FIN1013 : Art Histories I
- Offered for Year: 2017/18
- Module Leader(s): Dr Rachel Wells
- Lecturer: Dr Stephen Moonie, Dr Ed Juler
- Owning School: Arts & Cultures
- Teaching Location: Newcastle City Campus
|Semester 1 Credit Value:||20|
This module introduces the students to a range of core approaches, concepts and skills involved in studying art and its histories. Students will be introduced to the diversity of methodological approaches to art history and its relationship to art practice. Throughout the module, students will develop skills of visual analysis, interpretation and methodology which will prepare them for further study in the degree programme.
The module will focus upon the ways in which stories of art have been constructed, in conjunction with key artworks which exemplify those histories and debates. Students will be introduced to, and engage with: the autonomy of art; interpretation and meaning; art’s social and political context. The assessment will require students to undertake their own independent investigation and analysis of works of art as well as related theories and contexts.
Outline Of Syllabus
The syllabus is designed to harmonise with issues around painting and printmaking which Fine Art students undertake in studio practice during Stage 1, but the range of topics is also designed to introduce Combined Honours students to the key approaches to the discipline. The first week will introduce students to the study of art history and its debates. The module will go on to cover the emergence of Western perspective, iconography and interpretation, and the legacies of realism. The module then moves on to cover approaches to art history: the social history of art, Modernism/Formalism, and the ‘Primitive.’ Finally, the syllabus will cover narrative, photography, and the issue of originality, and art’s relationship to politics and protest.
|Guided Independent Study||Assessment preparation and completion||1||60:00||60:00||Preparation for assignment/essay|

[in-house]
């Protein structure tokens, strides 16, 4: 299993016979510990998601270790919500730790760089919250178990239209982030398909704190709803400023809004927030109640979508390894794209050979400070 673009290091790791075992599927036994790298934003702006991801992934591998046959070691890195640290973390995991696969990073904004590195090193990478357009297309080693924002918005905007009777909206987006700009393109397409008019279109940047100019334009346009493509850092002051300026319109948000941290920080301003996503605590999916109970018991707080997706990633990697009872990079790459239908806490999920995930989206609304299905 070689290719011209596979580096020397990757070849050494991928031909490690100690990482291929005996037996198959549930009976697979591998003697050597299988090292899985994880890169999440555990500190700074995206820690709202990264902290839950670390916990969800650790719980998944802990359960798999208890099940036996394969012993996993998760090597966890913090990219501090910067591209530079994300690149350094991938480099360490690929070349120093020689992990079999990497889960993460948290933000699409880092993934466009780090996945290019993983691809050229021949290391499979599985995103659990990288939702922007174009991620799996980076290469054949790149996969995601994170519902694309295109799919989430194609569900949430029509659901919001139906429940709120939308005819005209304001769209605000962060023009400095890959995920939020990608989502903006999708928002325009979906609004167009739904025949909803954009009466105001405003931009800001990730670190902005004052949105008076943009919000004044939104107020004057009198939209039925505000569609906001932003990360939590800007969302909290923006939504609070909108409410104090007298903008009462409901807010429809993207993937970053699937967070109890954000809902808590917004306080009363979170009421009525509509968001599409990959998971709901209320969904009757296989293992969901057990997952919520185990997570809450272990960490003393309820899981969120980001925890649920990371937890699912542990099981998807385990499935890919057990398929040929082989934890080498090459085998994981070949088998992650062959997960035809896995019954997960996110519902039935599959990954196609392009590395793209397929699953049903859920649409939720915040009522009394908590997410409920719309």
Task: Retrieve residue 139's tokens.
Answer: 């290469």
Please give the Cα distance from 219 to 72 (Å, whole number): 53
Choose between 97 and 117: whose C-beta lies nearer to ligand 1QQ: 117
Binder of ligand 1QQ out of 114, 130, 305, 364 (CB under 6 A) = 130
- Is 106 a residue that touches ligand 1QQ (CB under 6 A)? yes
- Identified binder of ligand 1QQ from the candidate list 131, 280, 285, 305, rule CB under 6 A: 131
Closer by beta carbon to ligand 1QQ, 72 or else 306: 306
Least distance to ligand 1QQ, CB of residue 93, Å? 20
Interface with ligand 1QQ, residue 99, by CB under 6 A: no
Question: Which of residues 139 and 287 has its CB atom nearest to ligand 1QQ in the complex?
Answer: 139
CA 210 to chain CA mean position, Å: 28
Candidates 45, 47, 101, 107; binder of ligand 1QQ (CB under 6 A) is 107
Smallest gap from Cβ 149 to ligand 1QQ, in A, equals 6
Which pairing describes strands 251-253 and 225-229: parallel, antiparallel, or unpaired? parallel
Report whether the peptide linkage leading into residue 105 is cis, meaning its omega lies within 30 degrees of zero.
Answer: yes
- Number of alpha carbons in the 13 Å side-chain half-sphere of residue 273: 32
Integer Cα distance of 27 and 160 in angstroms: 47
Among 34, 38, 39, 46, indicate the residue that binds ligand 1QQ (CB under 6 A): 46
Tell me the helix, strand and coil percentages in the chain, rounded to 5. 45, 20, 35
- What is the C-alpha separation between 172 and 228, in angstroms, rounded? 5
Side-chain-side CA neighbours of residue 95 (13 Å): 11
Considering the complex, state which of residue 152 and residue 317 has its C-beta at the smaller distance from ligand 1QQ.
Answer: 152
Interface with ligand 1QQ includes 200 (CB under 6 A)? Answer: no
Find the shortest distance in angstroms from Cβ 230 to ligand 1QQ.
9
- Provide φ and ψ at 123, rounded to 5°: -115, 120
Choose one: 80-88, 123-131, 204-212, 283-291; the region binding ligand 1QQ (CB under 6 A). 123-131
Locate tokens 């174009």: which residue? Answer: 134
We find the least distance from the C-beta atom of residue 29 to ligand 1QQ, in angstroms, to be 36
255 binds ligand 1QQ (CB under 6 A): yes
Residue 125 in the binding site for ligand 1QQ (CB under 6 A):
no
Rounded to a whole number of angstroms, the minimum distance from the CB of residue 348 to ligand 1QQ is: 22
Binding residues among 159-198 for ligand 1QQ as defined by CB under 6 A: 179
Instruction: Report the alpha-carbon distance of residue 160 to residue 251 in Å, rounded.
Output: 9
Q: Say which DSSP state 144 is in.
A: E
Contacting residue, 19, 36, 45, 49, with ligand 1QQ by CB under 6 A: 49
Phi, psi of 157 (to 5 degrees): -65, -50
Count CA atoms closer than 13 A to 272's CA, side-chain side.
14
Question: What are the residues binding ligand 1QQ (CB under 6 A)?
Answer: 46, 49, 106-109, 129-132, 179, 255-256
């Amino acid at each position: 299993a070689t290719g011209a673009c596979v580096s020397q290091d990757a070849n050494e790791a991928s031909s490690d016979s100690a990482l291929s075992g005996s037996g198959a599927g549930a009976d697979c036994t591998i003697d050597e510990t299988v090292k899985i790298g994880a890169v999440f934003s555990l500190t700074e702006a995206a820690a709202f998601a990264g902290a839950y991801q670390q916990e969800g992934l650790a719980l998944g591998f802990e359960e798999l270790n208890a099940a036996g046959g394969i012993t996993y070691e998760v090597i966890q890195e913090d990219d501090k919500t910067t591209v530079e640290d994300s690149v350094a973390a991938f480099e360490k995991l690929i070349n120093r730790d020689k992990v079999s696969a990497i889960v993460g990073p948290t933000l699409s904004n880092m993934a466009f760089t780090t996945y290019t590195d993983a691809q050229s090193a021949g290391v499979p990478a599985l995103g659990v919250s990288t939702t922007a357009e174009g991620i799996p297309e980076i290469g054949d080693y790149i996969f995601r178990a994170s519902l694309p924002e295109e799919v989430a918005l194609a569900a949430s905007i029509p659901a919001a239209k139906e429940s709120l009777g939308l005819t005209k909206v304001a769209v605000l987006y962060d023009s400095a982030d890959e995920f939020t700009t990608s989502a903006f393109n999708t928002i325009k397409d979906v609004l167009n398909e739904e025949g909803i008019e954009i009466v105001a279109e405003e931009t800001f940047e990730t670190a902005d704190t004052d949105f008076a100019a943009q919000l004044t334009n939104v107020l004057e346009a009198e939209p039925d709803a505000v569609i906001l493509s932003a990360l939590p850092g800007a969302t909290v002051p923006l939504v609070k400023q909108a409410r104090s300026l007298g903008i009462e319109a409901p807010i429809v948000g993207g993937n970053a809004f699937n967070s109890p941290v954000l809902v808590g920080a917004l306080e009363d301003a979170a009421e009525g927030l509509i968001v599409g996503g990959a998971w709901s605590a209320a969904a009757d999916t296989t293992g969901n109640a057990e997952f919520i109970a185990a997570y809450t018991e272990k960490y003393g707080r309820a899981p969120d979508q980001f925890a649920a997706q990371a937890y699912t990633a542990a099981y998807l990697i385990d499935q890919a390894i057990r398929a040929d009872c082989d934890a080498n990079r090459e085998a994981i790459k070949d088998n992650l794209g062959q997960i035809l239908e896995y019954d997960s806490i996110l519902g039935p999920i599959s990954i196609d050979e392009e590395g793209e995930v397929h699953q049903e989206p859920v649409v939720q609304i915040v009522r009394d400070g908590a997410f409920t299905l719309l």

|Scheduled Learning And Teaching Activities||Lecture||20||1:00||20:00||N/A|
|Guided Independent Study||Directed research and reading||1||20:00||20:00||Preparation for seminars|
|Scheduled Learning And Teaching Activities||Small group teaching||2||2:00||4:00||Library Workshops|
|Scheduled Learning And Teaching Activities||Small group teaching||5||1:00||5:00||Office Hour|
|Scheduled Learning And Teaching Activities||Small group teaching||10||1:00||10:00||Seminars|
|Scheduled Learning And Teaching Activities||Workshops||1||3:00||3:00||N/A|
|Scheduled Learning And Teaching Activities||Fieldwork||1||3:00||3:00||Museum visits|
|Guided Independent Study||Independent study||1||75:00||75:00||N/A|
Teaching Rationale And Relationship
1. Lectures: to allow definition of the scope of the syllabus, an introduction to a body of knowledge, and
modeling of the level and nature of the analysis required.
2. Seminars: to encourage interaction and the development of cognitive and key skills; to allow preparation and
presentation of directed research on specific issues and case studies.
3. Tutorials: to provide feedback and analysis of the strengths and weaknesses of submitted work, and increase awareness of the potential for individual development.
4. Workshops: to encourage development of key skills in a supportive environment. Workshops allow for more innovative and cross-curricular teaching
The format of resits will be determined by the Board of Examiners
|Written exercise||1||M||40||Visual Analysis Assignment, 1500 words|
Assessment Rationale And Relationship
The course work affords students the opportunity to conduct research with seminar and peer support into particular areas of interest, to develop their organizational and presentation skills, and then to demonstrate their ability to think independently in using their group-work to inform their individual essay. The visual analysis assignment and essay demonstrate the student’s ability to absorb and critique information and then present an argument in relation to a specific topic using appropriate academic writing skills.
- Reading List Website : rlo.ncl.ac.uk